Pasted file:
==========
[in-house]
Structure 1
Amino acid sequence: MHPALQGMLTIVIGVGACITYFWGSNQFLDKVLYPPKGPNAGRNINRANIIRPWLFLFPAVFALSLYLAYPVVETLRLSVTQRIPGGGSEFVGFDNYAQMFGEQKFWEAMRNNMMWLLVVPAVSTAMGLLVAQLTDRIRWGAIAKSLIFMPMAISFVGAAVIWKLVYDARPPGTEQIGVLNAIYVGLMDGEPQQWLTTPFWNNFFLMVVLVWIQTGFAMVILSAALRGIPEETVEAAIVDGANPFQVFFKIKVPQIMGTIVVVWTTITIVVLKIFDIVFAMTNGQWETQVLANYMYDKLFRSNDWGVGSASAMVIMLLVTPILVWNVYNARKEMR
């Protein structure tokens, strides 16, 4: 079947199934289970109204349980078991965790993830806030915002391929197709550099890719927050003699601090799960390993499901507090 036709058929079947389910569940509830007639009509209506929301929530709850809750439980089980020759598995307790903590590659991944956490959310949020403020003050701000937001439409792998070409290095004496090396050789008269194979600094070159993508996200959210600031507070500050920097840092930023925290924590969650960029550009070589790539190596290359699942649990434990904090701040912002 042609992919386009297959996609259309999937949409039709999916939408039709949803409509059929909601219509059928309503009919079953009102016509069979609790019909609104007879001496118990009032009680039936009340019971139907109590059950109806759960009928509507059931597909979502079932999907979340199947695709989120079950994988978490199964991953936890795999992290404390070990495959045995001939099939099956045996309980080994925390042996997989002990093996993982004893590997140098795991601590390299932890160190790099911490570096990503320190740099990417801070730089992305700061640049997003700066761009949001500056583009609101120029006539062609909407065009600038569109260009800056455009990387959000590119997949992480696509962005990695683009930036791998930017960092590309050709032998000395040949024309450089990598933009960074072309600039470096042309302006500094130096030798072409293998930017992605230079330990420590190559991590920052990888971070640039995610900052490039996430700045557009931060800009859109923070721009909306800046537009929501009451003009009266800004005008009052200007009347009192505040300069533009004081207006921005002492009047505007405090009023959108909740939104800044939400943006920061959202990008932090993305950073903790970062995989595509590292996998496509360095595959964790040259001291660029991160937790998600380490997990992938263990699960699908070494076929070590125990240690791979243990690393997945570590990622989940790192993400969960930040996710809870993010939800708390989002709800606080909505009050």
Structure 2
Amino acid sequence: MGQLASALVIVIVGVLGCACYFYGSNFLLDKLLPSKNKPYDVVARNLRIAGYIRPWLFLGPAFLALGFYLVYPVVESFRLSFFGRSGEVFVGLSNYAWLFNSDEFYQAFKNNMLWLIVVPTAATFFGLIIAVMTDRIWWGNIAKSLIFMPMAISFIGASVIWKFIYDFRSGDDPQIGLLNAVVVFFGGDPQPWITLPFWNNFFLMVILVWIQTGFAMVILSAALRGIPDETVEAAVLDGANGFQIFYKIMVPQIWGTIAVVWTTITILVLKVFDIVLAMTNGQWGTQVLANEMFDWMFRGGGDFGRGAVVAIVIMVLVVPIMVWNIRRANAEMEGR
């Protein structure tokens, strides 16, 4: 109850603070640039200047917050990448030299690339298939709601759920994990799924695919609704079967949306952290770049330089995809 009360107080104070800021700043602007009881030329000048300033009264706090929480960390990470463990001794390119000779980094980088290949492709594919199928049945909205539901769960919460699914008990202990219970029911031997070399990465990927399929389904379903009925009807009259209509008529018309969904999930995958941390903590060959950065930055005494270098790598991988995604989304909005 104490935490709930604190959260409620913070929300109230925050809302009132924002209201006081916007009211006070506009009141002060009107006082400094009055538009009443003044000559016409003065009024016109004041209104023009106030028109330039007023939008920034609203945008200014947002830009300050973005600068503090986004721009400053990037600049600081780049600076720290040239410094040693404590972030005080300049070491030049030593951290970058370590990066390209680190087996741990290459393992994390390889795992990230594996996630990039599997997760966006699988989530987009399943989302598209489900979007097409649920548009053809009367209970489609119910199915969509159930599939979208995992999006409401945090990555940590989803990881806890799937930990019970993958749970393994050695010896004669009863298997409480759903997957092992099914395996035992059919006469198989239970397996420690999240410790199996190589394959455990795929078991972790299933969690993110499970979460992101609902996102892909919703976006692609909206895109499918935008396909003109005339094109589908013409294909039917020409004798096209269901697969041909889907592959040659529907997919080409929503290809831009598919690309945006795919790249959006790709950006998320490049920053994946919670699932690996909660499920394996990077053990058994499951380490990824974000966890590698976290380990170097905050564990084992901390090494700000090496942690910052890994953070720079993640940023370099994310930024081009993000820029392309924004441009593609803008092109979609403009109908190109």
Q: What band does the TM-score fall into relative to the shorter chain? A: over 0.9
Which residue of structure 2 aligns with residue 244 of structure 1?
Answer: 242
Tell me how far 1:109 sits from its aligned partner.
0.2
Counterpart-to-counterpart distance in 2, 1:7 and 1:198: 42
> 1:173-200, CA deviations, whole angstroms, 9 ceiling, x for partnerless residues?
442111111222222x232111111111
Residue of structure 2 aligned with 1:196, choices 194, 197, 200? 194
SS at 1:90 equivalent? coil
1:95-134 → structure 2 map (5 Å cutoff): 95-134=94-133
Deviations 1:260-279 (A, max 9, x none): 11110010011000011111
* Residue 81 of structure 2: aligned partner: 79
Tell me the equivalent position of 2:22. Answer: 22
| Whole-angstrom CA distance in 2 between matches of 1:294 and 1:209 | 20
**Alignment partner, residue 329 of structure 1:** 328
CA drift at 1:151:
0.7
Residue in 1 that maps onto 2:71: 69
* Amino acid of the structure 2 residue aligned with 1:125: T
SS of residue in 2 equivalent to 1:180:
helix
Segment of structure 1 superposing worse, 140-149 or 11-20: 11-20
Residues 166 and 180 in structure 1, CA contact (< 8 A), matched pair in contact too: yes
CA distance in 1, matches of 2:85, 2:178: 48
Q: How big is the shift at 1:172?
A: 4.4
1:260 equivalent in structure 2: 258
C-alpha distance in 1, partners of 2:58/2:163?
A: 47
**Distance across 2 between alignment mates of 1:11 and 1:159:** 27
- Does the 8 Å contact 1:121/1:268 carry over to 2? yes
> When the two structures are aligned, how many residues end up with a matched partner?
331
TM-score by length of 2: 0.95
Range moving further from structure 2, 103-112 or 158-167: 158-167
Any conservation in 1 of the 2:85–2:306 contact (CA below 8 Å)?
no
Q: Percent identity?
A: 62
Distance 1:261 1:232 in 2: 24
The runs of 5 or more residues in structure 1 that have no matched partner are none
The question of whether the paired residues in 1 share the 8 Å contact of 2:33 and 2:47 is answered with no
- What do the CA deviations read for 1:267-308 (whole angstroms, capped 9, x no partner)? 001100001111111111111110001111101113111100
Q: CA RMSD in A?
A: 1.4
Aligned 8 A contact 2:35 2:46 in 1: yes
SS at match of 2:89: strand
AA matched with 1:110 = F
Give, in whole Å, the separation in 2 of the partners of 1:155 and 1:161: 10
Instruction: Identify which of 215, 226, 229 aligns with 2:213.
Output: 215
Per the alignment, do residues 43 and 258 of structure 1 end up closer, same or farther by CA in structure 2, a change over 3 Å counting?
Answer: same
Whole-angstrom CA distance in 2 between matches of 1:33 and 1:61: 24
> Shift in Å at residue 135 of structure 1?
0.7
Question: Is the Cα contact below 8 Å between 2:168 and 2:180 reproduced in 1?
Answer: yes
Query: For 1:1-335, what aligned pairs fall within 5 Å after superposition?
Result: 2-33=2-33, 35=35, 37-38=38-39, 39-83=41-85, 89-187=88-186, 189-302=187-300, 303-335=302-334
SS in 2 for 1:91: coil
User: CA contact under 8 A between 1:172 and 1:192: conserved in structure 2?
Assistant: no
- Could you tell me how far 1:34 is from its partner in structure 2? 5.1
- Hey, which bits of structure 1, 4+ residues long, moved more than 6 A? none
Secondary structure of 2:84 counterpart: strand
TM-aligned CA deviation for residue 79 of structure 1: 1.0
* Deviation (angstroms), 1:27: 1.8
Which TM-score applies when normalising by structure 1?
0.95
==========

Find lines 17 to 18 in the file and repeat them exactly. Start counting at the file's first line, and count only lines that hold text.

SS at 1:90 equivalent? coil
1:95-134 → structure 2 map (5 Å cutoff): 95-134=94-133